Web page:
They are delighted to be paid attention to," Smith said.As for American men and English women, though, perhaps they subscribe to contrasting courting rituals.The night I met George, the epitome of a charming Englishman, I was immediately drawn to him. After a long night out wandering the city with George, he put me into a cab. It hadn't even crossed my mind, but after the aloof coolness of the hipsters who populated my alma mater, Englishmen—with their jokes and their endearing awkwardness and their humor—were a welcome change.Even though he wasn't stereotypically handsome, he was delightful and quick to make fun of himself—and to tease me: the typical American. Related: When I wrote my college friend Rachel about George, she wrote back: What is with you and English guys?I mean, imagine Schmidt from New Girl hitting on Lady Mary. It's just not going to work." Even in the less extreme versions, are these kind of cultural "types" just too hard to overcome? Overall, more American women study abroad than American men, with the United Kingdom being the most popular destination.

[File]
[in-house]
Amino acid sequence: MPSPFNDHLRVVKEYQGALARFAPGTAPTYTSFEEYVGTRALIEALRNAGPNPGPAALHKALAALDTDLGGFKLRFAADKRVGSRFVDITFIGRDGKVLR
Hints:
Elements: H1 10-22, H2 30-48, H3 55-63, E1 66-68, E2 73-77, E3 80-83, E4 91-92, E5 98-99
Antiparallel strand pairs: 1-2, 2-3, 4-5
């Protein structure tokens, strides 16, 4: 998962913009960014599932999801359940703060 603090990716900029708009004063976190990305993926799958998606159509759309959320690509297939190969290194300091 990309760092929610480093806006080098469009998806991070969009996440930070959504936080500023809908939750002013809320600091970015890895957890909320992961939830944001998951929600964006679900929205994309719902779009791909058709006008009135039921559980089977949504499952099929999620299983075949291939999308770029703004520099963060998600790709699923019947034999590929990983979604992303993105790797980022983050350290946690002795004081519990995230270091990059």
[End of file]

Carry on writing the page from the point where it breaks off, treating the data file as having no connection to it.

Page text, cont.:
After all, Gwyneth and Chris were not to be—they went the way of Madonna and Guy Ritchie, Kristen Stewart and Robert Pattinson, and (possibly) Kate Hudson and that guy from Muse.
Not to mention Gwen Stefani (and her husband, Londoner Gavin Rossdale).
In my (albeit limited) experience, it seems like American women and English men often find romance, yet American men and English women make for unlikely couples.
"Most British men are terrified of rejection," said Jean Smith, a cultural anthropologist living in London.
The American (who is married to an Englishman, of course) conducted a study comparing the flirting behaviors of New Yorkers and Londoners and concluded that of the four demographics (English men, English women, American women, and American men), English men are, by far, the most afraid of rejection.